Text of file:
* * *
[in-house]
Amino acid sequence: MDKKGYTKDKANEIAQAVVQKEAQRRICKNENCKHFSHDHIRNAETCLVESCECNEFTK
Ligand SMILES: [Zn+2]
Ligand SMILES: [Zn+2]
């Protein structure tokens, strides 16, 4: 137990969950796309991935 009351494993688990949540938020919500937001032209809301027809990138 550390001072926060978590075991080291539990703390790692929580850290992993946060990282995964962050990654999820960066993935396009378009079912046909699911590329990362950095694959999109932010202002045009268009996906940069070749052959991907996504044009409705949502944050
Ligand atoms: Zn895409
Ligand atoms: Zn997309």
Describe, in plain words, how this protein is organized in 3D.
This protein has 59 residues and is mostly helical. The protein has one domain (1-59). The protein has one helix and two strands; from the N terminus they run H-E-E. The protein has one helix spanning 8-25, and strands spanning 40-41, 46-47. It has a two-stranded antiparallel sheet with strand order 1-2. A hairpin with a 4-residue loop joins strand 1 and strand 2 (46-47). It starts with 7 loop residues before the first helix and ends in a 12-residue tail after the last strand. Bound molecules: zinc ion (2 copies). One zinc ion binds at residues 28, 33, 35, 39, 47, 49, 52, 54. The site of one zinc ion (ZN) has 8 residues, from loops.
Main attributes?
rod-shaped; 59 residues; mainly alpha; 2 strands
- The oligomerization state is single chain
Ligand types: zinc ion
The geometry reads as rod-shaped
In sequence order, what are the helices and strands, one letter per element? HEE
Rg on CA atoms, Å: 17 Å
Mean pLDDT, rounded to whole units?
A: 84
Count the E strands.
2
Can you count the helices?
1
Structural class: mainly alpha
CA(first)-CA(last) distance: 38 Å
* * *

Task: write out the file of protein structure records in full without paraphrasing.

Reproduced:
[in-house]
Amino acid sequence: MDKKGYTKDKANEIAQAVVQKEAQRRICKNENCKHFSHDHIRNAETCLVESCECNEFTK
Ligand SMILES: [Zn+2]
Ligand SMILES: [Zn+2]
């Protein structure tokens, strides 16, 4: 137990969950796309991935 009351494993688990949540938020919500937001032209809301027809990138 550390001072926060978590075991080291539990703390790692929580850290992993946060990282995964962050990654999820960066993935396009378009079912046909699911590329990362950095694959999109932010202002045009268009996906940069070749052959991907996504044009409705949502944050
Ligand atoms: Zn895409
Ligand atoms: Zn997309």
Describe, in plain words, how this protein is organized in 3D.
This protein has 59 residues and is mostly helical. The protein has one domain (1-59). The protein has one helix and two strands; from the N terminus they run H-E-E. The protein has one helix spanning 8-25, and strands spanning 40-41, 46-47. It has a two-stranded antiparallel sheet with strand order 1-2. A hairpin with a 4-residue loop joins strand 1 and strand 2 (46-47). It starts with 7 loop residues before the first helix and ends in a 12-residue tail after the last strand. Bound molecules: zinc ion (2 copies). One zinc ion binds at residues 28, 33, 35, 39, 47, 49, 52, 54. The site of one zinc ion (ZN) has 8 residues, from loops.
Main attributes?
rod-shaped; 59 residues; mainly alpha; 2 strands
- The oligomerization state is single chain
Ligand types: zinc ion
The geometry reads as rod-shaped
In sequence order, what are the helices and strands, one letter per element? HEE
Rg on CA atoms, Å: 17 Å
Mean pLDDT, rounded to whole units?
A: 84
Count the E strands.
2
Can you count the helices?
1
Structural class: mainly alpha
CA(first)-CA(last) distance: 38 Å